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Perhaps a Boulevard — 7 Comments

  1. A neigh­bor left a com­ment on Nextdoor​.com point­ing out that “boule­vard” is defined in ordi­nance at StPaul​.gov, https://​is​.gd/​I​e​Z​ck8 as fol­lows: “Boule­vard shall mean the pub­lic right-of-way lying between the prop­er­ty line and side­walk, and between the side­walk and the road­way, or where no side­walk exists, between the prop­er­ty line and the road­way.” It goes on to define lim­i­ta­tions for boule­vard plant­i­ngs and to dis­tin­guish those from boule­vard rain gar­dens, which I did not know is such a for­mal­ly sanc­tioned thing.

  2. In mid-Michi­gan, we called it the "tax grass." I'm unclear on the rea­son­ing — it belonged to the city? it defined the prop­er­ty on which the home­own­er paid tax­es? Most impor­tant was that you had to main­tain it even though it wasn't yours.

  3. Thanks, cool, yet anoth­er term for it! That’s a cre­ative one.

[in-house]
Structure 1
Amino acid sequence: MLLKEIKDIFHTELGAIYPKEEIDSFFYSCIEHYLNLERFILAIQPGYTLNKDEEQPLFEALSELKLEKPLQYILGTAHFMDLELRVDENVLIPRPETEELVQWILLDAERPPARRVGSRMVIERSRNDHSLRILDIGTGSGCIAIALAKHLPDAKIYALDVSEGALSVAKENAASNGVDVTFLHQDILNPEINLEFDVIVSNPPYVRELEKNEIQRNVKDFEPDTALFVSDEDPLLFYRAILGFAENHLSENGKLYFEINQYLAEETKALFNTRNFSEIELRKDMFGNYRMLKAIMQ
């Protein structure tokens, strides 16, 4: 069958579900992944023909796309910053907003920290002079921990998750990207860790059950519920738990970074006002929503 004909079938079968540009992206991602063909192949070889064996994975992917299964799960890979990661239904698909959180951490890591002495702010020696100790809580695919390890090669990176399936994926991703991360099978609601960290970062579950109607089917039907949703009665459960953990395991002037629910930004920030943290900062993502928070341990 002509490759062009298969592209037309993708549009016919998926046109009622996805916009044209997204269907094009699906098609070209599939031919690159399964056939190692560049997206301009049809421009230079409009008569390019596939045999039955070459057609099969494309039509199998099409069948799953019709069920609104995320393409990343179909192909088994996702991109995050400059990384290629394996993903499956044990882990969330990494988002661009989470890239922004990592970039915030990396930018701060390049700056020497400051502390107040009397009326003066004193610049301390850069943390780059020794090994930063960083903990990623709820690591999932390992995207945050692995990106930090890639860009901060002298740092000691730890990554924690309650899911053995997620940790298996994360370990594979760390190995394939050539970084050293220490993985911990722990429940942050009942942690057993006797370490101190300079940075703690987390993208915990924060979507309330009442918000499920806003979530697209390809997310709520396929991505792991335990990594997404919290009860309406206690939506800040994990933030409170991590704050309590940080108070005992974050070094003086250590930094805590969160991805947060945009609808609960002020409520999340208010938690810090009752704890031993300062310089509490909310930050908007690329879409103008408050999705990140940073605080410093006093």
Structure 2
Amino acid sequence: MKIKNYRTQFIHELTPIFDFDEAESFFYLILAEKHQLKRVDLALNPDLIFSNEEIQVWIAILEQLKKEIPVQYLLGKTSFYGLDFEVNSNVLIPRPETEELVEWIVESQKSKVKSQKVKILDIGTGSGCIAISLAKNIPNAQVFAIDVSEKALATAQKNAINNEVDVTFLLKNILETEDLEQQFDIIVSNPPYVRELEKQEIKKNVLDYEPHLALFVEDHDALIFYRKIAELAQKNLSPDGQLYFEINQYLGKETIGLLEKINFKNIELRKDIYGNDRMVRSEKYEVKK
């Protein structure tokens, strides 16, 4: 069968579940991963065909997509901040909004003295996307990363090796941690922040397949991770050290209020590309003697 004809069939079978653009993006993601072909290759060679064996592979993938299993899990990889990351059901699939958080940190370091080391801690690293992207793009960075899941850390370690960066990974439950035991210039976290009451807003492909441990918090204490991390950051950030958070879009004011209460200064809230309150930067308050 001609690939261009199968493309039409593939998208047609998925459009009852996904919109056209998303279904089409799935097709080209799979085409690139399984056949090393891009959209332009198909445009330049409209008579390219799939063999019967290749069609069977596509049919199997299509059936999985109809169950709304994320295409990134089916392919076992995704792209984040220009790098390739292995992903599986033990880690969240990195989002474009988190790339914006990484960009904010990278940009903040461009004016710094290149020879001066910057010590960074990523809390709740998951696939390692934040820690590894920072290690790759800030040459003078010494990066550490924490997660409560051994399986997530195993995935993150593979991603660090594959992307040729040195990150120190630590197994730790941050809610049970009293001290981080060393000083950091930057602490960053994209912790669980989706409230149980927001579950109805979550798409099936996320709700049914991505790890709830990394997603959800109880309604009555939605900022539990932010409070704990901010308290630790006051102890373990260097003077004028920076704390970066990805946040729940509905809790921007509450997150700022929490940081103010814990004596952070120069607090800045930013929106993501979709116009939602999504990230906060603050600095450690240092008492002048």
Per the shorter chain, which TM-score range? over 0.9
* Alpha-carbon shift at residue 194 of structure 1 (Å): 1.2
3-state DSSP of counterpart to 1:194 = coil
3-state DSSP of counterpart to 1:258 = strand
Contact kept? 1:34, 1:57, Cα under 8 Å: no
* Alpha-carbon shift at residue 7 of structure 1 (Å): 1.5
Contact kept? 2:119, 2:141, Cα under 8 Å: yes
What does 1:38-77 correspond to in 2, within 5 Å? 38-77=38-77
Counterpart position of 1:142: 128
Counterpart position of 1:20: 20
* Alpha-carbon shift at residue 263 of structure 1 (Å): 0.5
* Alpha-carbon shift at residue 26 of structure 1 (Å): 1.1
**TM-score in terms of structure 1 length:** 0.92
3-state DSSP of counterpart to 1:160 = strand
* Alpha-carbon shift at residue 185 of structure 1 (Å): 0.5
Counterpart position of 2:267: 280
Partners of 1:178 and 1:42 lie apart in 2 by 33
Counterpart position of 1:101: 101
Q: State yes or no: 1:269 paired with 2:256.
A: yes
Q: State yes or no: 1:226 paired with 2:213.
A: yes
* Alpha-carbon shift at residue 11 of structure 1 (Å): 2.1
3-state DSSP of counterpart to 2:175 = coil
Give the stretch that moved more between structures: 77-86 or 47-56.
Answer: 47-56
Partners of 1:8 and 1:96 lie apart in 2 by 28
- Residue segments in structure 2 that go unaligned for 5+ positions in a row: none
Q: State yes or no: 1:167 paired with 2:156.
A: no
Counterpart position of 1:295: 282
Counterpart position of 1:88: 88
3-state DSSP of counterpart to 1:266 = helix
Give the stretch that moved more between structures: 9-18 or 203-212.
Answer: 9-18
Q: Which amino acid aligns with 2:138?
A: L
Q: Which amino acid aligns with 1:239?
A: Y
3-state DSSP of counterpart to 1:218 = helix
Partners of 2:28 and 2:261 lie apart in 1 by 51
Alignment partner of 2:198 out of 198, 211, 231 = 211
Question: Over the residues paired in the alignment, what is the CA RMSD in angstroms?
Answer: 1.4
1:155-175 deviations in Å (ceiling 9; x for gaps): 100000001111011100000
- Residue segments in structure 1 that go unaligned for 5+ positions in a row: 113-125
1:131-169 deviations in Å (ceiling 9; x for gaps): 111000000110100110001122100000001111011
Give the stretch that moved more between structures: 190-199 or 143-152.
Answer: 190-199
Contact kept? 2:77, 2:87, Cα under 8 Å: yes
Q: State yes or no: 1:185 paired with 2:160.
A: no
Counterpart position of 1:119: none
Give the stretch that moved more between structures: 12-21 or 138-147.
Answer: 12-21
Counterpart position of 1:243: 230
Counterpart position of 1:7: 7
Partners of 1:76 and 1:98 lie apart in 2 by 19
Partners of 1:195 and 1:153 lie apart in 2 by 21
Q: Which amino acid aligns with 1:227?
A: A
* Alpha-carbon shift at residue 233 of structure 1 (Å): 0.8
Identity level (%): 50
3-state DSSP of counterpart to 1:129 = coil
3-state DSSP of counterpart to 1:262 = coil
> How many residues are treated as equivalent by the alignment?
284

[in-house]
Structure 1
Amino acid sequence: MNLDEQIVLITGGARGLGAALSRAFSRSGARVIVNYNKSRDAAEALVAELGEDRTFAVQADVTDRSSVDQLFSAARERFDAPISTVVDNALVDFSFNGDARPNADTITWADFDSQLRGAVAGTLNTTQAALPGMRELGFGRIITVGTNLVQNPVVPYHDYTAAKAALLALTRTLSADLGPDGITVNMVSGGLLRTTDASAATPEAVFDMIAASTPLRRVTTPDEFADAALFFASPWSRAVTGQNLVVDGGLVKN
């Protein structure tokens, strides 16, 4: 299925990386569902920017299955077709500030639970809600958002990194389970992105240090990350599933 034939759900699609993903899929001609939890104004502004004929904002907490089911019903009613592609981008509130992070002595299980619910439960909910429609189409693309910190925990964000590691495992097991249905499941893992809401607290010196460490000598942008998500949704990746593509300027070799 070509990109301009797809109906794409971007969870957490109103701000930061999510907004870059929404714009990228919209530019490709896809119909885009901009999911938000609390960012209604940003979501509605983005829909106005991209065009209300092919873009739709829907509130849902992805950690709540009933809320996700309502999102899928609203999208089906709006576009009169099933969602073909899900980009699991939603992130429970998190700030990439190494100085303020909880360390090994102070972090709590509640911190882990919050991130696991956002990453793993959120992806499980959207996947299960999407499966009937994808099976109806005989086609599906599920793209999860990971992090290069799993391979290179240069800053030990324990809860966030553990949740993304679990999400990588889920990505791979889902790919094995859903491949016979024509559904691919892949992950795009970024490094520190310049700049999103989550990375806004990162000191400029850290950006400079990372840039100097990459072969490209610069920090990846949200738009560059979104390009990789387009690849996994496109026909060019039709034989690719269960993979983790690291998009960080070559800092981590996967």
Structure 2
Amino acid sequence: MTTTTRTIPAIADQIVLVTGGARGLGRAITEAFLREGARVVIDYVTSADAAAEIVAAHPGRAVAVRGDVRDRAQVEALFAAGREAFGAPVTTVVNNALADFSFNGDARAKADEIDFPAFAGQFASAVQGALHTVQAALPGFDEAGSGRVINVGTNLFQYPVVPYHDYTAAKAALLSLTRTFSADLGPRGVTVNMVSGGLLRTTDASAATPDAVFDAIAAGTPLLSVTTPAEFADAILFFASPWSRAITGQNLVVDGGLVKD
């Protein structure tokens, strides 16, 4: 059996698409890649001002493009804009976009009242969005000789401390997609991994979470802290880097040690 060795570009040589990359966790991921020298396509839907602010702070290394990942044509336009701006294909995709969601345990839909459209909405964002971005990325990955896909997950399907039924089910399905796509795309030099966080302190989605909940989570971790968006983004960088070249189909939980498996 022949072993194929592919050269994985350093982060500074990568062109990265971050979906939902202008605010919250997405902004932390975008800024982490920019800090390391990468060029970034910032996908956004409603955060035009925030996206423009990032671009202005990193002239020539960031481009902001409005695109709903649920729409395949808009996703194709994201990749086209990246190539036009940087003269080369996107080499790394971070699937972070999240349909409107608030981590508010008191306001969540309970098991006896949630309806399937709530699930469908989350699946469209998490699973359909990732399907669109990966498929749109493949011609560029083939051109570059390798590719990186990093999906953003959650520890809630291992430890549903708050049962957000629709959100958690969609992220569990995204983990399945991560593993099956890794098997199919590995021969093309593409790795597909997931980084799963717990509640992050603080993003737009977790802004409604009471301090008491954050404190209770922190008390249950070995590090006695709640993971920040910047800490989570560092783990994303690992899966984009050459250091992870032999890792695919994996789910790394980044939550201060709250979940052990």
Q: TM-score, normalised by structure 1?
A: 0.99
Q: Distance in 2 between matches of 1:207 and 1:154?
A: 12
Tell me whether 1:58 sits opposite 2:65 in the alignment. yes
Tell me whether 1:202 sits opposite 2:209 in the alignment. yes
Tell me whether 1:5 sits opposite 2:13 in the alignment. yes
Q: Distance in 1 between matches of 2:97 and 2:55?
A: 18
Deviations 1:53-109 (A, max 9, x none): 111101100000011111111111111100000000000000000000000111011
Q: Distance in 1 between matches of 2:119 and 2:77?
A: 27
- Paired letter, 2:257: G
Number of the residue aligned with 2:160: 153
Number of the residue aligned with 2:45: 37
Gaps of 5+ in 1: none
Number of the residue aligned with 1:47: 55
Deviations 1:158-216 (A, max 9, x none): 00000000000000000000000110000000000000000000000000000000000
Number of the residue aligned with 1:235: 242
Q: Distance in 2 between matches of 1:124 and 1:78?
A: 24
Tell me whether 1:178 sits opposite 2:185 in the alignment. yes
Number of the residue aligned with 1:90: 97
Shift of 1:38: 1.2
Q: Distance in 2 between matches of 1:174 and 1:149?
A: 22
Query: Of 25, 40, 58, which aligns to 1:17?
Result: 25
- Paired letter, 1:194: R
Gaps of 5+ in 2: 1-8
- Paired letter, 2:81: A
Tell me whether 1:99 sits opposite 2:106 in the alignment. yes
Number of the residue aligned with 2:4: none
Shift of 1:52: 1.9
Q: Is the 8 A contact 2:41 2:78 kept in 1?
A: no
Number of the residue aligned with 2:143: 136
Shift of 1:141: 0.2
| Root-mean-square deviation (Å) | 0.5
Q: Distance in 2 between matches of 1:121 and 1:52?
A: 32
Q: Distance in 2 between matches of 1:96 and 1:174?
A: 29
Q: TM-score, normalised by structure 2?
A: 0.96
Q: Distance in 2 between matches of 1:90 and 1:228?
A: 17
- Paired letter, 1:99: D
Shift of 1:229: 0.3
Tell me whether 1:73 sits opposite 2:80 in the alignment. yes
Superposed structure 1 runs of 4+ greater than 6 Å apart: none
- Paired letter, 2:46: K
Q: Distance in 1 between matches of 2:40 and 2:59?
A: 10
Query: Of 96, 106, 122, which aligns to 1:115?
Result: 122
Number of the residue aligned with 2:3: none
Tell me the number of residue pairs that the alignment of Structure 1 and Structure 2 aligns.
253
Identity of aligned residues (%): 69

4. Wow, I always though boule­vard implied the grass in the mid­dle. Any­way, in his­toric down­town Savan­nah, it’s either a “tree lawn” or a “tree well.”

  5. Tree well, eh. I could see that if there were an actu­al well, as you see in some cities.
    urban tree well

  6. So what do you call the strip of grass and plants in the mid­dle of the road?

  7. Right, that’s what struck this East­ern­er as weird about call­ing the hell­strip a boule­vard. In my upbring­ing a boule­vard is the entire road with a green strip in the mid­dle (like Sum­mit Ave. in St. Paul or Comm. Ave. in Boston). The cen­tral green strip in iso­la­tion nev­er had a name, that I knew of.

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